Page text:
•As of Friday, the trucks snarl up had stretched 30 kilometres.
•KRA however says its scanner is in good working condition and fully operational on a 24/7 hour basis.
Cargo transporters are facing a clearance backlog at the Malaba border, which is threatening to increase costs and expose importers to higher storage charges.
They have blamed it on frequent downtimes on Kenya Revenue Authority's (KRA) scanner at the border.
KRA has however denied any hiccups with its scanners, both at Malaba and other points of entry and exit including ports.
“The scanner is in good working condition and is fully operational on a 24/7 hour basis. All scanners are in good working conditions,” commissioner for customs and border control Lillian Nyawanda said.
She said KRA has put in place business continuity plans in the event of downtimes to ensure transporters and importers are not inconvenienced.
The downtimes on the less than three years old drive-through equipment is said to have become persistent in the last three months.
“The scanner keeps on jamming and there is not plan B. Drivers just have to wait,” Kenya Transporters Association (KTA) CEO Mercy Ireri told the Star on the telephone.
As of yesterday, the trucks snarl-up had stretched about 30 kilometres, a situation similar to January this year, when Kenya and Uganda differed on the validity of Covid test certificates for drivers.
The Star has established that the taxman has held two meetings with transporters in the last two weeks, with the latest being yesterday, in relation to the slow clearance at the border.
KRA has been banking on non-intrusive inspection technology such as X-ray or gamma-ray imaging type equipment which gives customs an opportunity to have a quick insight of a container load, without the need to open and unload it.
This helps officers in either confirming or resolving the risk assessment, which reduces the number of unnecessary physical inspections.
Huge investment in non-intrusive tools at the port and borders is key in reducing cargo dwell-time; enhance trade facilitation through faster movement of cargo and enables KRA to collect more revenue.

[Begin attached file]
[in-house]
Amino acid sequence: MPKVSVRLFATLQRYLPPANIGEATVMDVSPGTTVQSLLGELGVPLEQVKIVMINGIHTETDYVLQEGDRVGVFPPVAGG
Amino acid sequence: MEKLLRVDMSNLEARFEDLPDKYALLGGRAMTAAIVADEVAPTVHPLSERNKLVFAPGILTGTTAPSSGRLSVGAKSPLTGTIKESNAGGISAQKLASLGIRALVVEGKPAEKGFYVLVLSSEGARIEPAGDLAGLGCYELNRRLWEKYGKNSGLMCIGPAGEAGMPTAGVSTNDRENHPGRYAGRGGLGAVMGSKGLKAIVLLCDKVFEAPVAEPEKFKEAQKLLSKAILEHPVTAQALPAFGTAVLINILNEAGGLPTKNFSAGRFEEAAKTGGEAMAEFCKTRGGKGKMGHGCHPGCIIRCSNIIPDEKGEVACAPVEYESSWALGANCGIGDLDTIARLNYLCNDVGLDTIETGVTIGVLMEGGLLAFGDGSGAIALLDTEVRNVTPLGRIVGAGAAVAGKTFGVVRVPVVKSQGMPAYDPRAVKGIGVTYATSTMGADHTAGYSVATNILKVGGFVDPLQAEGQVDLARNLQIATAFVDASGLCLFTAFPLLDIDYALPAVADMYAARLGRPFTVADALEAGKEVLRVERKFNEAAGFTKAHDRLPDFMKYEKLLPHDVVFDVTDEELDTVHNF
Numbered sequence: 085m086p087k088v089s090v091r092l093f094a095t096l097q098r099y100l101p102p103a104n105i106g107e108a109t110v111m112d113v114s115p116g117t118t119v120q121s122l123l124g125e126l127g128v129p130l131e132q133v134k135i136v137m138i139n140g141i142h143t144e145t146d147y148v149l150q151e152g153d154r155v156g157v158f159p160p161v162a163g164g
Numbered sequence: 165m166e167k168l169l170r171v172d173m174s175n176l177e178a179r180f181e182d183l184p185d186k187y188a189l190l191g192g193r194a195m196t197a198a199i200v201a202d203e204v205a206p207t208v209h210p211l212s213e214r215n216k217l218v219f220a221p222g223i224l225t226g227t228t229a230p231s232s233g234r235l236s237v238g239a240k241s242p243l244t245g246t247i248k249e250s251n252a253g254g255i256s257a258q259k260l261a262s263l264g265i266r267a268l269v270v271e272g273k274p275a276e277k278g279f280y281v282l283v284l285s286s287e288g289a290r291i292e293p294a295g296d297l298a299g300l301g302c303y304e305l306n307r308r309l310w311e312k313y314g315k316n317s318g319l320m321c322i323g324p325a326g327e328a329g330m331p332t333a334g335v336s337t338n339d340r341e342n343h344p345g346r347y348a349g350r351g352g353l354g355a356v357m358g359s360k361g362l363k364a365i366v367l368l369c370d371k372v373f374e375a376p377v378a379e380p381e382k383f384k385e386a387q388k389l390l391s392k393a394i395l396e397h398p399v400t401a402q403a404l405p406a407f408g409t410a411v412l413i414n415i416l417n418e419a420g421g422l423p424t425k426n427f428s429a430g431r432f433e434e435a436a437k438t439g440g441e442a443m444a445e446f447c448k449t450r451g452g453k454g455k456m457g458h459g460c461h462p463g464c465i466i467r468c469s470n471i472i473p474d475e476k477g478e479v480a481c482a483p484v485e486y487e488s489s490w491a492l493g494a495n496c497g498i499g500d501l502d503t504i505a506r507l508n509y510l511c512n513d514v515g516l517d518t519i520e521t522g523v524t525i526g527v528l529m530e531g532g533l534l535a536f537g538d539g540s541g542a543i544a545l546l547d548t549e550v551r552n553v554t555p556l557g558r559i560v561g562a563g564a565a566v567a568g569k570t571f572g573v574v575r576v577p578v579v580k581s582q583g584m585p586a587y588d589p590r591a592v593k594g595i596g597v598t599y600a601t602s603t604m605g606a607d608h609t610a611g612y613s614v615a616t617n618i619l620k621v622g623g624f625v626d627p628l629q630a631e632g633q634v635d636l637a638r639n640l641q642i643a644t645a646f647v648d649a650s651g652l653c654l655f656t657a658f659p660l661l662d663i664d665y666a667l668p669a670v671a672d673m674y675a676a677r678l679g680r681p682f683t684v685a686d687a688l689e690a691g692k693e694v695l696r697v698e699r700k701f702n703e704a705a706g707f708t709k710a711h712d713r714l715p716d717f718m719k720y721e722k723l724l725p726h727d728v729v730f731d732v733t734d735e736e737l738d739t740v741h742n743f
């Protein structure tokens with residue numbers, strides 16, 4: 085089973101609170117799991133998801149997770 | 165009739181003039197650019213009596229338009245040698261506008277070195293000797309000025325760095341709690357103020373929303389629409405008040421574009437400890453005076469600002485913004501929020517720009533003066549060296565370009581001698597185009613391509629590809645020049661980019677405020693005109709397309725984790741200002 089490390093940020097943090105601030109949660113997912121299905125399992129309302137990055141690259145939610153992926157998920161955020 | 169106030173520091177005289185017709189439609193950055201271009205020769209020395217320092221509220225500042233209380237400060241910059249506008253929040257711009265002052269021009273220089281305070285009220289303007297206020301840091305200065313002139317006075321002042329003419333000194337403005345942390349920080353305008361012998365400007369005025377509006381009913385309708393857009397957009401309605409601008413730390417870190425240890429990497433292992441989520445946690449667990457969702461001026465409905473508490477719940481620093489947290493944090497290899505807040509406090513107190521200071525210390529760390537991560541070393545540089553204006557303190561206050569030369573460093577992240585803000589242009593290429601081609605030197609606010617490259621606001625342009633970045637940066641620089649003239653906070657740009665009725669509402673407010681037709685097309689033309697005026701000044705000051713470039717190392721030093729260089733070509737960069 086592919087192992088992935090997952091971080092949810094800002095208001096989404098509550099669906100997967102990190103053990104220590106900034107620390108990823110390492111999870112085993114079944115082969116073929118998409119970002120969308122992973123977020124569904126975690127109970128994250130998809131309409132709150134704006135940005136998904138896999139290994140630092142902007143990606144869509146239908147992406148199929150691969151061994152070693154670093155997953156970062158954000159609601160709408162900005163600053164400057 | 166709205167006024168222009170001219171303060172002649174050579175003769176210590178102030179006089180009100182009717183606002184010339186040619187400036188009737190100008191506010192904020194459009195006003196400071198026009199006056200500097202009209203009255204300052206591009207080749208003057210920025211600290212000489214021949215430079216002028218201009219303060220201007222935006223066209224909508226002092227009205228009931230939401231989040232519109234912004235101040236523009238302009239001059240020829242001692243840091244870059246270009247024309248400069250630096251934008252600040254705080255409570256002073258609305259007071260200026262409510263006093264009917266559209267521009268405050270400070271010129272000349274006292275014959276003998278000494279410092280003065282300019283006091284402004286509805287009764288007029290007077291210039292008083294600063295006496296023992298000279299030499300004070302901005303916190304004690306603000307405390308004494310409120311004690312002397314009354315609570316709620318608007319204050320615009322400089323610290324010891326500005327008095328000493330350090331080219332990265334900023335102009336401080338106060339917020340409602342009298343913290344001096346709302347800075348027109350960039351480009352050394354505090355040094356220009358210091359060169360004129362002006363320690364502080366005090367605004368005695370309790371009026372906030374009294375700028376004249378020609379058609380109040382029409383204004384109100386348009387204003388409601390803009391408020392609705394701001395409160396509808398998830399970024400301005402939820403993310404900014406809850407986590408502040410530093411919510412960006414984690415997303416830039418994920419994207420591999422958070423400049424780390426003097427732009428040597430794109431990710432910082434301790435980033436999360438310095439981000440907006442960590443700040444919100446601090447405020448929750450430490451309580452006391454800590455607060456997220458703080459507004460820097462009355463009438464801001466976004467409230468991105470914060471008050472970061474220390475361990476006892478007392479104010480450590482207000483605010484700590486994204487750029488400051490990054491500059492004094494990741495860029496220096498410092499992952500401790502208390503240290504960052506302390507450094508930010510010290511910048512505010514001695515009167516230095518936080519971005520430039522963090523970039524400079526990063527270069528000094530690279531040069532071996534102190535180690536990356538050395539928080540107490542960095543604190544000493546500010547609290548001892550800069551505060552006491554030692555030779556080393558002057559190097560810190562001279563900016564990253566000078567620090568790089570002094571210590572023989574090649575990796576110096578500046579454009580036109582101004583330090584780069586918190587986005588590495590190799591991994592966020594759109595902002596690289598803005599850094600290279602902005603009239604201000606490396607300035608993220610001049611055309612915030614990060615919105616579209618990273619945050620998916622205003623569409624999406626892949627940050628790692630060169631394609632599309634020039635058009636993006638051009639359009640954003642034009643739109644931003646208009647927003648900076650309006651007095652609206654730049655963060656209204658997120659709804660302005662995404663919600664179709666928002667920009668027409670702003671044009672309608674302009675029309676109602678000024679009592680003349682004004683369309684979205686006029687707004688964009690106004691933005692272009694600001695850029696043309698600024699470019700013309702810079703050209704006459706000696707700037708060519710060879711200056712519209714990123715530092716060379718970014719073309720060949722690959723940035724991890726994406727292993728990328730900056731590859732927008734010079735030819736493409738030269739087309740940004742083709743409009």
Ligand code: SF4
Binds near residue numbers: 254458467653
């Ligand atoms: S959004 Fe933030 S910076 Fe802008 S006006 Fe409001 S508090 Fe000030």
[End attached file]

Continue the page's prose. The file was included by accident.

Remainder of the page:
In June 2005, the World Customs Organisation (WCO) Council adopted the SAFE Framework of Standards to secure and facilitate global trade that would act as a deterrent to international terrorism, help nations to secure revenue collection and promote trade facilitation worldwide.
The Malaba border is the busiest crossing point for trucks using the Northern Corridor, which connects landlocked countries of Uganda, DR Congo, South Sudan and parts of Rwanda to the Port of Mombasa.
Approximately 1,000 cargo trucks pass through the Malaba One Stop Border Post each day, while the one in Busia handles an average of 600 trucks.
Uganda is the biggest destination for transit cargo through Mombasa, accounting for about 83.2 per cent of transit volumes, according to Kenya Ports Authority.
South Sudan takes up 9.9 per cent while DR Congo, Tanzania and Rwanda account for 7.2 per cent, 3.2 per cent and 2.4 per cent respectively.
In January, delays at the border affected truck trun-around time between Mombasa and Kampala, which increased to 10 days from 3.5.
“Any delays translate to a cost,” Ireri said, with importers having to pass the final costs to consumers making products costlier.
Logistics costs remain high in Kenya, estimated between 30 per cent to 42 per cent of the goods value, against best global best practice of eight per cent.
According to Shippers Council of Easter Africa Logistics Performance Survey 2021, transport costs stand at $1.8 (Sh 219.56) per km per container, against world’s best practices of $1 (Sh 121.98 ) per kilometre, per container.
With the high fuel costs, there has been a rise in road transport costs.
For instance, moving a 20-foot container from Mombasa to Nairobi now costs an average Sh100, 000, and above, from an average of Sh80, 000.